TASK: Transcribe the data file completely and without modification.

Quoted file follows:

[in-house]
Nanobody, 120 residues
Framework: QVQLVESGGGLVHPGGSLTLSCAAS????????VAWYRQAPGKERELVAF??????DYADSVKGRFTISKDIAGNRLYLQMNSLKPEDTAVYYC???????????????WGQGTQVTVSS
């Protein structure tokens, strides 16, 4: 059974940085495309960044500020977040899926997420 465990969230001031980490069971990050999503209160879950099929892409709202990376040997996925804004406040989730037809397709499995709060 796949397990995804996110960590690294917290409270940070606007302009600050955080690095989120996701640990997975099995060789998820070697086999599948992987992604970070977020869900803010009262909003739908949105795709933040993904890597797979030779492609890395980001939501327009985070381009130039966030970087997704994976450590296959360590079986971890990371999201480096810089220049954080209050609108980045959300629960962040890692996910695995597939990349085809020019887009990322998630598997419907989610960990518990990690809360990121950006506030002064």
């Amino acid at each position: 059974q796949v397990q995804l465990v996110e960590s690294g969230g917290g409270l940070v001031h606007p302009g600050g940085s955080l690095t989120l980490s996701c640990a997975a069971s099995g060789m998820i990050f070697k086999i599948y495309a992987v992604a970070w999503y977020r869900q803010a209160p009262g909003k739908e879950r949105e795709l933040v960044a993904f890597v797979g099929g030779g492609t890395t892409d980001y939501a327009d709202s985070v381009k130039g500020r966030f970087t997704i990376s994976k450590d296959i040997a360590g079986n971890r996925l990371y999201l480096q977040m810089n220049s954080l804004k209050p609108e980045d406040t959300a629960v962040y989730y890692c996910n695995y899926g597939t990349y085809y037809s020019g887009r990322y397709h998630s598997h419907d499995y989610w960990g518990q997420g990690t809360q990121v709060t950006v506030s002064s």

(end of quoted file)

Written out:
[in-house]
Nanobody, 120 residues
Framework: QVQLVESGGGLVHPGGSLTLSCAAS????????VAWYRQAPGKERELVAF??????DYADSVKGRFTISKDIAGNRLYLQMNSLKPEDTAVYYC???????????????WGQGTQVTVSS
């Protein structure tokens, strides 16, 4: 059974940085495309960044500020977040899926997420 465990969230001031980490069971990050999503209160879950099929892409709202990376040997996925804004406040989730037809397709499995709060 796949397990995804996110960590690294917290409270940070606007302009600050955080690095989120996701640990997975099995060789998820070697086999599948992987992604970070977020869900803010009262909003739908949105795709933040993904890597797979030779492609890395980001939501327009985070381009130039966030970087997704994976450590296959360590079986971890990371999201480096810089220049954080209050609108980045959300629960962040890692996910695995597939990349085809020019887009990322998630598997419907989610960990518990990690809360990121950006506030002064």
């Amino acid at each position: 059974q796949v397990q995804l465990v996110e960590s690294g969230g917290g409270l940070v001031h606007p302009g600050g940085s955080l690095t989120l980490s996701c640990a997975a069971s099995g060789m998820i990050f070697k086999i599948y495309a992987v992604a970070w999503y977020r869900q803010a209160p009262g909003k739908e879950r949105e795709l933040v960044a993904f890597v797979g099929g030779g492609t890395t892409d980001y939501a327009d709202s985070v381009k130039g500020r966030f970087t997704i990376s994976k450590d296959i040997a360590g079986n971890r996925l990371y999201l480096q977040m810089n220049s954080l804004k209050p609108e980045d406040t959300a629960v962040y989730y890692c996910n695995y899926g597939t990349y085809y037809s020019g887009r990322y397709h998630s598997h419907d499995y989610w960990g518990q997420g990690t809360q990121v709060t950006v506030s002064s």